On June 15, 2020, Maria Ressa, world-renowned journalist and CEO of Rappler, a leading independent news source in the Philippines, along with her colleague Reynaldo Santos, Jr., a former researcher at Rappler, were convicted of cyber libel by the Manila Regional Trial Court (RTC). Both Ressa and Santos face up to six years of incarceration due to an alleged violation of the Cybercrime Prevention Act of 2012. Ressa’s case sparked condemnations against Filipino President Rodrigo Duterte’s administration by the international journalism community who argue that the judgment will fundamentally threaten the future of press freedom in the Philippines.
The case is extra controversial because the Cybercrime Prevention Act of 2012 was passed four months after the original Rappler article was published. Despite the original publication occurring before the Act was passed, the correction of a typo within the original article entrapped Rappler in an alleged libel crime under the new cybercrime law. In the article, originally published in May 2012, Santos claimed that businessman Wilfredo Keng was involved in illegal drug dealing, human trafficking, and had corrupt ties with the late, impeached Supreme Court Judge Renato Corona. In 2016, four years after the article’s original publication, Keng’s lawyer demanded that Rappler clear content relating to Keng’s participation in illegal activities, arguing that Keng had no official record of involvement in those crimes. Keng’s legal team filed a complaint with the National Bureau of Investigation (NBI) in 2017. In 2014, a researcher at Rappler found and corrected a typo in the article, an insubstantial change which was later controversially ruled as an article “re-publication”. In her ruling, Judge Rainelda Estacio-Montesa stated that since the article had been “re-published” when the typo was corrected, the article’s edit date classified the article as subject to the Cybercrime Prevention Act of 2012. This ruling did not accurately constitute re-publication because, despite the correction of a word, the overall content and facts of the article were not substantially changed. Applying the notion of “re-publication” was rather reluctant, so it is more of an excuse the Duterte government used to target Rappler.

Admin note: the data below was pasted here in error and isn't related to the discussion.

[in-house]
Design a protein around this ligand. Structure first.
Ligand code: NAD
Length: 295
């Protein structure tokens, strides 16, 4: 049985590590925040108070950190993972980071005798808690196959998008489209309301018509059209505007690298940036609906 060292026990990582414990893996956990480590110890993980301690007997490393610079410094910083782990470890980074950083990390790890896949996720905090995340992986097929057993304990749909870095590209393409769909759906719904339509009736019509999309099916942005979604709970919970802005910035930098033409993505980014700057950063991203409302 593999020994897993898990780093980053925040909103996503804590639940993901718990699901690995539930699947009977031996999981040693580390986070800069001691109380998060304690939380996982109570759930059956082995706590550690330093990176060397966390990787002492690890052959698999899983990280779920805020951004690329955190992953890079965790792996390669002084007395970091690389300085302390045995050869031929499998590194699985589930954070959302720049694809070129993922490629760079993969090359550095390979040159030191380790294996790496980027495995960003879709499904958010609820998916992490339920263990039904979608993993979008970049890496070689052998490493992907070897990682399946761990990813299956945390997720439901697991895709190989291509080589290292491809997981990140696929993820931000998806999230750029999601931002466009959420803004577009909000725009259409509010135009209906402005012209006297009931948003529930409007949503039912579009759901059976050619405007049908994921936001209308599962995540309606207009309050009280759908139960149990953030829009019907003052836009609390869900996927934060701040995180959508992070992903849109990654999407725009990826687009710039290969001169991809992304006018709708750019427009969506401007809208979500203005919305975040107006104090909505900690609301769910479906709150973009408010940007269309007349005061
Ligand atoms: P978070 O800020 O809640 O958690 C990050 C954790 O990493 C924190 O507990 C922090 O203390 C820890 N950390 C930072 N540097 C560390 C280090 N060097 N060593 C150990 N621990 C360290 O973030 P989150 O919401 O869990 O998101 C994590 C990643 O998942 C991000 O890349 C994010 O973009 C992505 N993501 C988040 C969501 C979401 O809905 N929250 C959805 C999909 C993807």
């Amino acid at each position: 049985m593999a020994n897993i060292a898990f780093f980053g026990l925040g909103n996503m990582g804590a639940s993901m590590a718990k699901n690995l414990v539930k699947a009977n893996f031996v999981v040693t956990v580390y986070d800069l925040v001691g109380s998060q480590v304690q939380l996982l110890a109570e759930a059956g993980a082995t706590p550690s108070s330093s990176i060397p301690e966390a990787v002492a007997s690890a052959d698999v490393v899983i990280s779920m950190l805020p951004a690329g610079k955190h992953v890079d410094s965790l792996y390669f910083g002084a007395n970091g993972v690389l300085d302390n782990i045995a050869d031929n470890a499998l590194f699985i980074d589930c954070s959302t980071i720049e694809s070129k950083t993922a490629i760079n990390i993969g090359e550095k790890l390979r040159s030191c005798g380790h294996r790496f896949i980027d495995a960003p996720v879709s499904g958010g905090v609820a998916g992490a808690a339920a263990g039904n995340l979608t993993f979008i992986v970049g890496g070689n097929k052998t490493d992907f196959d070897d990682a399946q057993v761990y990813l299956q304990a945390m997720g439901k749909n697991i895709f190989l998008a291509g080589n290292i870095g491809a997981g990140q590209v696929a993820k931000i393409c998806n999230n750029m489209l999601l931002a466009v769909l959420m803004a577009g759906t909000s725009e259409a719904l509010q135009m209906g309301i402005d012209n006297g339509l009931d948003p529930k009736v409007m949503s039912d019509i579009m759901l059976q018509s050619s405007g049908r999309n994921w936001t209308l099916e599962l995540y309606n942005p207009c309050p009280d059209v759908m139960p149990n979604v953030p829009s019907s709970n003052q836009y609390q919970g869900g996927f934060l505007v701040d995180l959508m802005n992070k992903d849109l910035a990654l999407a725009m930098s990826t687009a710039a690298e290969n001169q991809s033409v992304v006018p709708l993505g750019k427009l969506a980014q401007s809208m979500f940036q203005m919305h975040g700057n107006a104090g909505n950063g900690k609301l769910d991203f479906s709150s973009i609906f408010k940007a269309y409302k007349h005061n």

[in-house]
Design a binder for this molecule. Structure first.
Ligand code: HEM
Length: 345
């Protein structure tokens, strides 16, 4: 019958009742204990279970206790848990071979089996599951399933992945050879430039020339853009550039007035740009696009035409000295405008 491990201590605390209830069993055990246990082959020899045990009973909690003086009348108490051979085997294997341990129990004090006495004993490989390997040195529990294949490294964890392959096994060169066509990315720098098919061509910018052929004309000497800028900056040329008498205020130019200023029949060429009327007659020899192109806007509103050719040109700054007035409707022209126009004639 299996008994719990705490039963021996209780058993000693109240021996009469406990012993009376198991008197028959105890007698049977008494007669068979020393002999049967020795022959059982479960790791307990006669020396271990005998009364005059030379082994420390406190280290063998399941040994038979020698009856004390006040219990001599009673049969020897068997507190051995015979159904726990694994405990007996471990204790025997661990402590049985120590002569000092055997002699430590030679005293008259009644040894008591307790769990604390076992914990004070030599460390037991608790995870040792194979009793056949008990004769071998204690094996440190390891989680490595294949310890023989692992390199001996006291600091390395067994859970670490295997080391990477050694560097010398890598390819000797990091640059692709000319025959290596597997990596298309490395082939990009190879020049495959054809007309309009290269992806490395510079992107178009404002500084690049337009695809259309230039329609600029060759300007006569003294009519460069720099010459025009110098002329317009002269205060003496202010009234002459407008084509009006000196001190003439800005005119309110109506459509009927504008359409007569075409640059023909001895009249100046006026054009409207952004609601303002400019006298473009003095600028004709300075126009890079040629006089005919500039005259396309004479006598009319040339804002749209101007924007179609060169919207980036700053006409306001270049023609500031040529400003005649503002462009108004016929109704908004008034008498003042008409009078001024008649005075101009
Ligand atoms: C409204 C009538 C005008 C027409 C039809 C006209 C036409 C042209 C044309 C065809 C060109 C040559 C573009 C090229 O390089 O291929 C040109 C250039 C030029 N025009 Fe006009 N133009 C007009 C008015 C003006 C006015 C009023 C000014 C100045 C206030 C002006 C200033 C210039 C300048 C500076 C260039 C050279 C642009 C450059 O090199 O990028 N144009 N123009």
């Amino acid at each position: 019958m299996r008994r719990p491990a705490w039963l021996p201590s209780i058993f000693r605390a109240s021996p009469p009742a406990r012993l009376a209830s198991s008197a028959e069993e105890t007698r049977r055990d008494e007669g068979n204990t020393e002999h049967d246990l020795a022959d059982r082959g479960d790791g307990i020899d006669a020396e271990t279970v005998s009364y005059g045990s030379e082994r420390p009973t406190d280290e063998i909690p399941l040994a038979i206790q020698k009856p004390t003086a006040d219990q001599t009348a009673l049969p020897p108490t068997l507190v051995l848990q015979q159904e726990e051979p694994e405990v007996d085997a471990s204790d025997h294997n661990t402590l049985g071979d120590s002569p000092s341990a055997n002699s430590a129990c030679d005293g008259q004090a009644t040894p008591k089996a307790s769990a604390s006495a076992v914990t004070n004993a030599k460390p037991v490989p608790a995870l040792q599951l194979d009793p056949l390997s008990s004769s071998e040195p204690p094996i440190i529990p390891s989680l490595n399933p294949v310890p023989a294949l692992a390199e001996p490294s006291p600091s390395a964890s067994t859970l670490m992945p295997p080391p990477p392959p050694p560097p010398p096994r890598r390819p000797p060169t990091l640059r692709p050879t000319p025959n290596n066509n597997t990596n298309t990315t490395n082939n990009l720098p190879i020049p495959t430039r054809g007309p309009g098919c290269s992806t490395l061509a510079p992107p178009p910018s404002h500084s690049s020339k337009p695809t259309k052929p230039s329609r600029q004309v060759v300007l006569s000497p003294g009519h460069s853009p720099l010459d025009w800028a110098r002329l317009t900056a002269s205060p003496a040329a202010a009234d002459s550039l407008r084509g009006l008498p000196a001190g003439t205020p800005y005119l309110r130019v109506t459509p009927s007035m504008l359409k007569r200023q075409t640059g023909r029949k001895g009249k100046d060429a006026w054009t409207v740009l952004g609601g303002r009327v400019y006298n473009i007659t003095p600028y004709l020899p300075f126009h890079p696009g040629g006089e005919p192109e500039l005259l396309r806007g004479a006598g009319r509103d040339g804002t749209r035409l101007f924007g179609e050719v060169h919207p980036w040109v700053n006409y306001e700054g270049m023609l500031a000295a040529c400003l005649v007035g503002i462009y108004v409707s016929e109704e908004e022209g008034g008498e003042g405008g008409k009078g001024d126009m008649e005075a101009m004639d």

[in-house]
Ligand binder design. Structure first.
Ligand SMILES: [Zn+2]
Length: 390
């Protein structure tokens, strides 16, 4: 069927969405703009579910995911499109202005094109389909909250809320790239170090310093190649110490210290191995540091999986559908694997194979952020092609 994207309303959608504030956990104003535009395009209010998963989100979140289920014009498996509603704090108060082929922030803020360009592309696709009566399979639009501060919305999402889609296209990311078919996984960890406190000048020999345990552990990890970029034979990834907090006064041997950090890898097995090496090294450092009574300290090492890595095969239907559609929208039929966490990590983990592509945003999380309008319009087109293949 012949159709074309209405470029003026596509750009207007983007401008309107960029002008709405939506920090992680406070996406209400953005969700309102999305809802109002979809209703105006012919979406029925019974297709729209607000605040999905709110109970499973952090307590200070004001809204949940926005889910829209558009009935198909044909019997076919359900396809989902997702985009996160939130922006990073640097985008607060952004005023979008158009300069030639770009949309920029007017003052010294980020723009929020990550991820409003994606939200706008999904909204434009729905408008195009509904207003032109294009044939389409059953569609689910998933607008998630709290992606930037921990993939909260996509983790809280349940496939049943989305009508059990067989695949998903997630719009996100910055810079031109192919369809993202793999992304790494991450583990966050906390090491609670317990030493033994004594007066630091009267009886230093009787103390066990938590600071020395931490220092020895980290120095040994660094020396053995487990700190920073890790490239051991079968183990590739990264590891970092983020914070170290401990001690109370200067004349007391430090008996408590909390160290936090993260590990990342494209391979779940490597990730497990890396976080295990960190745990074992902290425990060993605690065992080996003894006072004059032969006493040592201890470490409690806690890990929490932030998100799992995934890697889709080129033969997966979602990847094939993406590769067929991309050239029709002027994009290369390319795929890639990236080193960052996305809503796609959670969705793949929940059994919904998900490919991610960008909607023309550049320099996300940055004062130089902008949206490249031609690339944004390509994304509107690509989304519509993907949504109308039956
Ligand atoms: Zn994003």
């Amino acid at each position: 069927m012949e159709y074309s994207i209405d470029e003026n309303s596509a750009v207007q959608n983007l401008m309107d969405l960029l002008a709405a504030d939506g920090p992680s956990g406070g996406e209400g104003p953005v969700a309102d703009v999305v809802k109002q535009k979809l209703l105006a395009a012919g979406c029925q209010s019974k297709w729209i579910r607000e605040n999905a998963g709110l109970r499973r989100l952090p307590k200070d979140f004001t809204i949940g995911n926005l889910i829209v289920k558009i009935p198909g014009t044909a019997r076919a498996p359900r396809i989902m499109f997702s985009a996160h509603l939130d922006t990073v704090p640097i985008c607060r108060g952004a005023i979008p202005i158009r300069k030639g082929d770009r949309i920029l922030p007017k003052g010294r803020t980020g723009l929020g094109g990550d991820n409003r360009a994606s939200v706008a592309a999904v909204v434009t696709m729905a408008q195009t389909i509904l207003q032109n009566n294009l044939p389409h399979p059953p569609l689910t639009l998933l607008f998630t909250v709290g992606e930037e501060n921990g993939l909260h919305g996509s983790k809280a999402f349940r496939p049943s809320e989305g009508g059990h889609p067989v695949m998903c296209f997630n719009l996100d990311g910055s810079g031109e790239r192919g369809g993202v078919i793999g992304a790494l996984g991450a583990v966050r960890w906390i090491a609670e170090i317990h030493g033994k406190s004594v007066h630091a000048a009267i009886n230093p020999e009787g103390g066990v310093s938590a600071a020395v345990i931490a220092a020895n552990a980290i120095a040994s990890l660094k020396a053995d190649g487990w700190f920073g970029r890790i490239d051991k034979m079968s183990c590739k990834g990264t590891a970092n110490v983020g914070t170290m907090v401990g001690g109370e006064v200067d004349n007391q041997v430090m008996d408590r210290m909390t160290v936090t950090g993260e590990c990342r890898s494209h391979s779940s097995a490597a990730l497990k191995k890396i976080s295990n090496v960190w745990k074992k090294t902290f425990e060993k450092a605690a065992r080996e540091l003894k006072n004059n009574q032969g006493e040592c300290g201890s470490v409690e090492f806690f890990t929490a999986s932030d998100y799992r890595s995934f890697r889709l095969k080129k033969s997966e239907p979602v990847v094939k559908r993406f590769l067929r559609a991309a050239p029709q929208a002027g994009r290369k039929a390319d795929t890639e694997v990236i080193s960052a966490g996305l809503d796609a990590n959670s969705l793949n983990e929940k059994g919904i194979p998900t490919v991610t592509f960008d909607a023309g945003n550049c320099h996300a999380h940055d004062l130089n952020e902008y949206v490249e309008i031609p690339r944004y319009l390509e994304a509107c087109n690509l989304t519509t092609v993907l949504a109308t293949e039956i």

The ruling is controversial for multiple reasons. First, despite Ressa not being personally involved in the writing of the controversial article, she was still the target of this case through association. President Duterte’s government has been harsh on journalists and news outlets that expose negative news about the Administration and Rappler has been a historically outspoken critic of President Rodrigo Duterte’s violent anti-drug campaign, something which has made Ressa and Rappler longtime targets of the Duterte Administration. Ressa also faces another seven charges filed against her by the Duterte government, alleging tax evasion and reception of funds from the U.S. Central Intelligence Agency (CIA). Ressa denied all of these charges and say they are just tactics by the Duterte government to cripple media criticism of the government officials. Ressa’s cyber libel conviction highlights the danger to journalistic freedom to write and report the truth: a fundamental right in a functioning democratic country now being threatened by autocratic leadership.
Secondly, the prescription period, the maximum time period set by statute that an entity can bring up legal action, is highly problematic. The Cybercrime Prevention Act of 2012, does not explicitly mention a prescription period. Ordinary libel crime prescription periods under the Revised Penal Code (RPC) are one year, which means that Keng’s complaint, filed in 2017, was five years beyond the standard prescription period. However, the Department of Justice (DOJ) selectively referred to another act for Ressa’s case, the Republic Act No. 3326, which states that special acts, like cybercrime, shall prescribe 12 years if the punishment is six or more years of imprisonment. The implication of this selective interpretation is far-reaching. It indicates that all news and articles published within an unreasonably long 12-year prescription period are open to libel complaints, making press organizations more vulnerable to cybercrime accusations.
A group of respected international humanitarian lawyers led by Amal Clooney has joined together to provide Ressa legal defense. While there have always been conflicts between reputation and freedom of expression in defamation law, defamation suits too broadly applied can have a “chilling effect” on freedom of speech because individuals and the press may refrain from reporting out of fear of reprisal. The Cybercrime Prevention Act of 2012 prioritizes the reputation of the government over press freedoms because it punishes offenders beyond a reasonable degree. The precedent set by Ressa’s case further diminishes press freedom in the Philippines, but hopefully brings international attention and a much-needed spotlight to directly address the fundamental rights of freedom of speech and an independent, free press.
Even though Duterte’s government has attempted to silence Ressa with death threats, she has continued to be a tenacious fighter for press freedom. As Ressa said in a recent interview: “I’ve committed no crime but to speak truth to power.”